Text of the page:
A group of mathematicians has recreated the environmental conditions that existed in Giza 4,500 years ago to try to answer one of the great enigmas that surround the Egyptian civilization, how the city was built. Great Sphinxone of the most characteristic and visited monuments of Egypt.
In the experiment, scientists have used mounds of soft clay with a harder and less erodible material inside to try to reproduce the material in which the sphinx is sculpted, something that in nature is called yardang. Once this was done, they subjected the structure to the force of a water tunnel to simulate the erosion caused by the wind and the result was the shape of a sphinx.
Thus, Leif Ristrophone of the professors participating in the study, has stated that the origin of one of the most emblematic monuments of antiquity may be natural, even though humans later finished shaping it.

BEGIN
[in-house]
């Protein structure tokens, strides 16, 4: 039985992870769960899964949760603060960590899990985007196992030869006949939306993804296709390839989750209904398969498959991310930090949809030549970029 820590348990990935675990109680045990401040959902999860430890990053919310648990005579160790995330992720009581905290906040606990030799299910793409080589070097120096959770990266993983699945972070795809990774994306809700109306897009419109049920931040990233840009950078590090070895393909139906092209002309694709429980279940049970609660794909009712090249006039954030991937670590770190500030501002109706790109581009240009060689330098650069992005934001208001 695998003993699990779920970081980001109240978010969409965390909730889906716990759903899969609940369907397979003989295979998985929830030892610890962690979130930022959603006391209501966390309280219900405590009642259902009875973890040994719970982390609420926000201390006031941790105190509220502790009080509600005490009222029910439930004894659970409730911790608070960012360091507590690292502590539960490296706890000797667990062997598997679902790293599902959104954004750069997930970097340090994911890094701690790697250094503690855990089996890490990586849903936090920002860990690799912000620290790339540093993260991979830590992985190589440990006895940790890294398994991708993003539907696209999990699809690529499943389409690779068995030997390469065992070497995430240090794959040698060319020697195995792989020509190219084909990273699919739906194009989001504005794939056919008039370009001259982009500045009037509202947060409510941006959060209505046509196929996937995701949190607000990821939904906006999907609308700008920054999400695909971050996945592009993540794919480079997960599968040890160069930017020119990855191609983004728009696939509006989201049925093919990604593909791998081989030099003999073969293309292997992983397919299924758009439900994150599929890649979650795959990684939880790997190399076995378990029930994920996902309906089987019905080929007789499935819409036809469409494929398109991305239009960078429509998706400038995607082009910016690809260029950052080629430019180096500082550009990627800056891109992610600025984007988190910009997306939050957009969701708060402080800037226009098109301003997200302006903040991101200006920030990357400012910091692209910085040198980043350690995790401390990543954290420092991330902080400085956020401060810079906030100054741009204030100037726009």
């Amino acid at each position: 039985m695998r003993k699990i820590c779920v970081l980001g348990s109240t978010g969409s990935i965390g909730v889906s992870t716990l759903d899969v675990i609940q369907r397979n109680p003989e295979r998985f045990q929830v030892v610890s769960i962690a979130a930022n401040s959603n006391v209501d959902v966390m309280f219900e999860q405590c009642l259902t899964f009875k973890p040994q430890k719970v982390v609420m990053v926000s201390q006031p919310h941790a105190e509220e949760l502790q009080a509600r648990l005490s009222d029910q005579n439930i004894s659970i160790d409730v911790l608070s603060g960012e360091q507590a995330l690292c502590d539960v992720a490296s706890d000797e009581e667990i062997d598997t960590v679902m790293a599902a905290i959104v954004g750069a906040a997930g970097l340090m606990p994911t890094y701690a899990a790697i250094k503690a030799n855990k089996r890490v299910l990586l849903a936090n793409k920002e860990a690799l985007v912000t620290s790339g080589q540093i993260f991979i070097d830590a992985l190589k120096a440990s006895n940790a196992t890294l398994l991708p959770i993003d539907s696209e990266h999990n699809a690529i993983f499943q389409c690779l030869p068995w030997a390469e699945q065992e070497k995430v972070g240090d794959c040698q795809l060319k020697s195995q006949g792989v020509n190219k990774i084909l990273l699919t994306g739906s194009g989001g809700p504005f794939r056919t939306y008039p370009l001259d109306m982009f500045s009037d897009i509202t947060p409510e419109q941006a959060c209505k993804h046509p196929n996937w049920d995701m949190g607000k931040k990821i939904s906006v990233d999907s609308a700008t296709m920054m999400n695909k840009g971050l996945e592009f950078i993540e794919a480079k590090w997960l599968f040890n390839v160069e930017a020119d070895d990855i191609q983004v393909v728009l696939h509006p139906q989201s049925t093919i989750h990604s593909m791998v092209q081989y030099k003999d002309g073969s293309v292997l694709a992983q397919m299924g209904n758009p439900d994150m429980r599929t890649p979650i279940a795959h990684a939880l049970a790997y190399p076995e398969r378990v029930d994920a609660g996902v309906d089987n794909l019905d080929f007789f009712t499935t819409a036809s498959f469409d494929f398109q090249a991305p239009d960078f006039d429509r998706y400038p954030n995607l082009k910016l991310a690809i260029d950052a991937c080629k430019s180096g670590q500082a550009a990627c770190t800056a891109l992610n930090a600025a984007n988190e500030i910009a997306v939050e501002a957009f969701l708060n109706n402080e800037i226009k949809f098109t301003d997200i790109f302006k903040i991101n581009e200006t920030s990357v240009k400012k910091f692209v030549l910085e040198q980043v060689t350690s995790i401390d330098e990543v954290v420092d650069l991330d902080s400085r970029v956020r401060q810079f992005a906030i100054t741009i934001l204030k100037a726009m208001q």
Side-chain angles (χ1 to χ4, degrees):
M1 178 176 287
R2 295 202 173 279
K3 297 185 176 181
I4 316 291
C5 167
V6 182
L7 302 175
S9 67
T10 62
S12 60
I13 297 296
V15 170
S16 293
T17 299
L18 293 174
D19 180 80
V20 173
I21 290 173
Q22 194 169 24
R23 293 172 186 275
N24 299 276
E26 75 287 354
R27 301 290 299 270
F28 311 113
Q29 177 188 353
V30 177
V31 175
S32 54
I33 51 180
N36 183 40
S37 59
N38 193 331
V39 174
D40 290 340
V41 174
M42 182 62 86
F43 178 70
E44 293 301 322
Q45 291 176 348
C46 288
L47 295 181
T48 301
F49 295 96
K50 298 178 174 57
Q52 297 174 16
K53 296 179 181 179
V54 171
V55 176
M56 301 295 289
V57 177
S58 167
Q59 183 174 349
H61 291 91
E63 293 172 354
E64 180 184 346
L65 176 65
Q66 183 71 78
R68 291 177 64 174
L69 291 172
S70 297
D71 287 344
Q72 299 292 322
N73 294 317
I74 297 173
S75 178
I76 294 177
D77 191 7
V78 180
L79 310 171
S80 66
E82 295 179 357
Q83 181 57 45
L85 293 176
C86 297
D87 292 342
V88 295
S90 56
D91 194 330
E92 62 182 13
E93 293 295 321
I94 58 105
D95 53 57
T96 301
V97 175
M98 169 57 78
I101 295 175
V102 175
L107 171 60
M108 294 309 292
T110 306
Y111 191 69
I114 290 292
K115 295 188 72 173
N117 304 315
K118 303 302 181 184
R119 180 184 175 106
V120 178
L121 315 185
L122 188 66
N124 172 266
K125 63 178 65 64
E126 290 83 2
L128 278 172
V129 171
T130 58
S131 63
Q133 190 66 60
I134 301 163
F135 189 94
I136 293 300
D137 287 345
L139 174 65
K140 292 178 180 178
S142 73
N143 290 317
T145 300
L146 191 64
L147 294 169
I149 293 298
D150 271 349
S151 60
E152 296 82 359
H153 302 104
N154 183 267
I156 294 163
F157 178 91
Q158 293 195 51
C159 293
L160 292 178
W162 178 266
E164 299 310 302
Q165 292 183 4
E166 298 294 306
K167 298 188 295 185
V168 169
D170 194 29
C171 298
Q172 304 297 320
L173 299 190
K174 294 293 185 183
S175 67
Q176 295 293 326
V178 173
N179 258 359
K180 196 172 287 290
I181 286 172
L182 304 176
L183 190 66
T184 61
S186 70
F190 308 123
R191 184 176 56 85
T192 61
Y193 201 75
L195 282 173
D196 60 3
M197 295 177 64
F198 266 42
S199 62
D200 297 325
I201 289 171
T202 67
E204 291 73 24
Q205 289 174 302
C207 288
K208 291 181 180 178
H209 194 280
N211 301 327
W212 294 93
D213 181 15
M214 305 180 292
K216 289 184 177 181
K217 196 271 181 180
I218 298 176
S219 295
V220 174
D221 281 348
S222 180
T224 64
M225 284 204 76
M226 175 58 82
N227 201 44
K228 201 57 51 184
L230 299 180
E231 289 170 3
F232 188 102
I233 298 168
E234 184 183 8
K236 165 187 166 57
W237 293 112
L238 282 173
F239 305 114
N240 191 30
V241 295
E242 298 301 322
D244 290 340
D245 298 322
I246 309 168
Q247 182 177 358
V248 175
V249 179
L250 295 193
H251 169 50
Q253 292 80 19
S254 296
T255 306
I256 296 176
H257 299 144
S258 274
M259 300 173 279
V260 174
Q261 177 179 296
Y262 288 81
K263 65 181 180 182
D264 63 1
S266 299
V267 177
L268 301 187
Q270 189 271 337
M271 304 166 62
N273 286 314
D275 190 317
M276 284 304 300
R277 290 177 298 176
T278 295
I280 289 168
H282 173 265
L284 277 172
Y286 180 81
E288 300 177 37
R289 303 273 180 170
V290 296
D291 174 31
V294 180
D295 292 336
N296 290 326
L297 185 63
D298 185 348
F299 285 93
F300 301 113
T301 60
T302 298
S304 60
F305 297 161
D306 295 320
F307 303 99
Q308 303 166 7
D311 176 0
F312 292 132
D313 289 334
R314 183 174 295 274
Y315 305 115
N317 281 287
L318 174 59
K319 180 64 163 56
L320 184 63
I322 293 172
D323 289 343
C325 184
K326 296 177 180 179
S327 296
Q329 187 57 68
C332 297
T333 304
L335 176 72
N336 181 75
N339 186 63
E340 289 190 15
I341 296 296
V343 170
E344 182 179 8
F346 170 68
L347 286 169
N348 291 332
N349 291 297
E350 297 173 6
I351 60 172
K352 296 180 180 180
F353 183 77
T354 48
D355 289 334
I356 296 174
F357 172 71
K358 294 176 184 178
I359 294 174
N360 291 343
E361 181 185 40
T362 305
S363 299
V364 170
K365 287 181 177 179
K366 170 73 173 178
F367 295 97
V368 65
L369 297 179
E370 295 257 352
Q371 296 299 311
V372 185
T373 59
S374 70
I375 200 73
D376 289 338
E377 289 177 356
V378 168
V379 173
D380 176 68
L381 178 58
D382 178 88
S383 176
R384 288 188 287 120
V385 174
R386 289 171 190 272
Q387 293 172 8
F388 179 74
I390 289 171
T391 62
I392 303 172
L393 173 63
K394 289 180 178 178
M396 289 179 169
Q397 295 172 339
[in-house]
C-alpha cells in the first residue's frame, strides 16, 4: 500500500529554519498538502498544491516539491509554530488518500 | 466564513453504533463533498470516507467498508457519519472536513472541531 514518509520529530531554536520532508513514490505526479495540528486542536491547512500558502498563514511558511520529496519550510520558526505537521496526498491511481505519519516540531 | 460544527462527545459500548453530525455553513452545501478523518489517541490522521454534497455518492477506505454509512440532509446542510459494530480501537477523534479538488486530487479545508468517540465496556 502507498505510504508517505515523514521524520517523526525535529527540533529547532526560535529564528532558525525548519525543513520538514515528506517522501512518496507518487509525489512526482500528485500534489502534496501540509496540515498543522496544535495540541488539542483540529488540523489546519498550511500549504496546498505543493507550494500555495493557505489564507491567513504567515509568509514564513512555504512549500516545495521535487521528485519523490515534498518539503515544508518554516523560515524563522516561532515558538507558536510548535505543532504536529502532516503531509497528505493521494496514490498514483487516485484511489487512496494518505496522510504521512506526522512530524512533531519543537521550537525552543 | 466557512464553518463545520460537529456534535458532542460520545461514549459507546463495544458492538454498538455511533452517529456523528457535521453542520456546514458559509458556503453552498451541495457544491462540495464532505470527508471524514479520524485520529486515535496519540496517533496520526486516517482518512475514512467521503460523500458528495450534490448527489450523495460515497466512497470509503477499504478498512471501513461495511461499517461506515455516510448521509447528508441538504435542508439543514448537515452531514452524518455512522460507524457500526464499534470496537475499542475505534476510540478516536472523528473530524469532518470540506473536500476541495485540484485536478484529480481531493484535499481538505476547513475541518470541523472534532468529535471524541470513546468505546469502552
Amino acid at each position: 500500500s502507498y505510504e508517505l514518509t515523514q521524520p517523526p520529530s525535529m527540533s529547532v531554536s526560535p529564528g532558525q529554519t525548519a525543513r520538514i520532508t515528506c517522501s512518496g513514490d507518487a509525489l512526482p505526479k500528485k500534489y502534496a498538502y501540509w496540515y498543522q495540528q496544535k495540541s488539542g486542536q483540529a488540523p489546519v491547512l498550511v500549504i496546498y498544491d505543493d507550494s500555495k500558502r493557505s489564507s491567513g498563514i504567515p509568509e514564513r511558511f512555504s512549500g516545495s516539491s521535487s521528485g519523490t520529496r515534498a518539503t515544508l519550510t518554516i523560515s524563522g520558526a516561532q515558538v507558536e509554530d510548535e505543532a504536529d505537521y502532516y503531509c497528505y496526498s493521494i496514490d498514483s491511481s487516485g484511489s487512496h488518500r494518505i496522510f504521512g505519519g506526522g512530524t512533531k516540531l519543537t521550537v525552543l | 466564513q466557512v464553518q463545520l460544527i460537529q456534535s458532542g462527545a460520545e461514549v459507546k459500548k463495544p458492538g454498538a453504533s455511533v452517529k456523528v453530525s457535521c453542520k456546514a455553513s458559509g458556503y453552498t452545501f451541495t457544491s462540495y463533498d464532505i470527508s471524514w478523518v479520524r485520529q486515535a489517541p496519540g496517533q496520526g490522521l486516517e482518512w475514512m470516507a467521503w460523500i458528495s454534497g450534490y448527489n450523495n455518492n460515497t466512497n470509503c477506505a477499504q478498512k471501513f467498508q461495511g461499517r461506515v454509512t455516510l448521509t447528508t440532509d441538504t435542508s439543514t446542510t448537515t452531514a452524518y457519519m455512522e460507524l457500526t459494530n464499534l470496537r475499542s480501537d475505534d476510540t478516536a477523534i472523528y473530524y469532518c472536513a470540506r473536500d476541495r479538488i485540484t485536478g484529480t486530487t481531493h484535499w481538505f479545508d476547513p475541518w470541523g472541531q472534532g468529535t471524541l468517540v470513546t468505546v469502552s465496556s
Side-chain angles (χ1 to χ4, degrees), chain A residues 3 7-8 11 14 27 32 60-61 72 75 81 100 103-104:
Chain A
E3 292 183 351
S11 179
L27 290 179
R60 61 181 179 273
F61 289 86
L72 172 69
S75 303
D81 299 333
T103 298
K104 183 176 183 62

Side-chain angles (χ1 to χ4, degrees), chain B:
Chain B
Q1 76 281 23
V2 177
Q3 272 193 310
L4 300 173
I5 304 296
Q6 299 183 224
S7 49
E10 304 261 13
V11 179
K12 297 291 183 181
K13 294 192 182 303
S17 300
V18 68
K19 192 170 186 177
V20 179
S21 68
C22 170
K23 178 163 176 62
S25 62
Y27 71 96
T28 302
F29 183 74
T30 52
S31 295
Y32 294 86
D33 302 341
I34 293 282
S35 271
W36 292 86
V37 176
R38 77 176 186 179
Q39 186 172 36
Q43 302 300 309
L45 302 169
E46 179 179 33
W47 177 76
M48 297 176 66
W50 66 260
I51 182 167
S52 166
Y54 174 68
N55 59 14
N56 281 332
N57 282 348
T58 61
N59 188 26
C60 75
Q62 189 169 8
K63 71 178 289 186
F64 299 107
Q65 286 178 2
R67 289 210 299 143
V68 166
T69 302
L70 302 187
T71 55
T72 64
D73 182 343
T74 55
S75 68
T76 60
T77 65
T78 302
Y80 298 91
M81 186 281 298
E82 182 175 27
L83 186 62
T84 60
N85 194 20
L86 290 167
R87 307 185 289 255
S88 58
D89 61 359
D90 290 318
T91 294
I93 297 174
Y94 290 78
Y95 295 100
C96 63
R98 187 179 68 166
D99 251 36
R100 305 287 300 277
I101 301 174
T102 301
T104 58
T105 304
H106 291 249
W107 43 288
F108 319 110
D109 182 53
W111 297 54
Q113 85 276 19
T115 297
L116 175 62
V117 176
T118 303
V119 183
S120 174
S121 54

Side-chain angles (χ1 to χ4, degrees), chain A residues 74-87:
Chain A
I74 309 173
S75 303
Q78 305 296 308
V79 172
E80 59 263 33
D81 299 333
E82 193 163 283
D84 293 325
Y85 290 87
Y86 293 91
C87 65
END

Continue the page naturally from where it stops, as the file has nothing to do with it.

“Our findings offer a possible origin story for how Great Sphinx-type formations can arise from erosion. Our laboratory experiments have shown that strikingly sphinx-like shapes may, in fact, come from materials eroded by rapid flows,” he stated.
“Our results provide a simple theory for how Great Sphinx-type formations can arise from erosion. Today there are yardangs that look like sitting or lying animals; this supports our conclusions. This work may also be useful for researchers. geologists as it reveals factors that affect rock formations, that is, that they are not homogeneous or uniform in their composition. Unexpected shapes arise from how flows are diverted towards the hardest or least erodible parts,” explains Ristroph.